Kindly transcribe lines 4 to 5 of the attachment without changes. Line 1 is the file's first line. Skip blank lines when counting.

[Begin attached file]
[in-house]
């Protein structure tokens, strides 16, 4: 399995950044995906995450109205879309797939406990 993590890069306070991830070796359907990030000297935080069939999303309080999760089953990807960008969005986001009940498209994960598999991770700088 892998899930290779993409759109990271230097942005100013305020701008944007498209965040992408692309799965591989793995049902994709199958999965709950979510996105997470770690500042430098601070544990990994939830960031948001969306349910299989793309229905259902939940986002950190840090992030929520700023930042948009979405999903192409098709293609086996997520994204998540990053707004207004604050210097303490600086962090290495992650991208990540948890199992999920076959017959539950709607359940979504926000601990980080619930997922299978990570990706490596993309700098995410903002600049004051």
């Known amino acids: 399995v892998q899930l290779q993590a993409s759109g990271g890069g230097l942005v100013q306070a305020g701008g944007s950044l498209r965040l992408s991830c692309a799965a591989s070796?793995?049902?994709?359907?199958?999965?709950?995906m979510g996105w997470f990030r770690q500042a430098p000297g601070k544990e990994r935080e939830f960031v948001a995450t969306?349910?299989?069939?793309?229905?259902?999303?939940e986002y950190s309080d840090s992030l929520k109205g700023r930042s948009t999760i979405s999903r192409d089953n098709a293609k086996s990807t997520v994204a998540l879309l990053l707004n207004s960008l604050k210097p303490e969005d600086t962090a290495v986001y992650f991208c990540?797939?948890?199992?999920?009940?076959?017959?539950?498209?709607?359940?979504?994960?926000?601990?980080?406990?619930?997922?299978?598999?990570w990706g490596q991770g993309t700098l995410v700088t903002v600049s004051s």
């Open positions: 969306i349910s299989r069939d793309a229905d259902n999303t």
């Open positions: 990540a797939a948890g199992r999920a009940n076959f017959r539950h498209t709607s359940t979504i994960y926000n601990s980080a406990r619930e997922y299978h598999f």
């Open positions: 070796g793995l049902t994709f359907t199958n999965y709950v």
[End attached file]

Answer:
């Open positions: 969306i349910s299989r069939d793309a229905d259902n999303t």
């Open positions: 990540a797939a948890g199992r999920a009940n076959f017959r539950h498209t709607s359940t979504i994960y926000n601990s980080a406990r619930e997922y299978h598999f």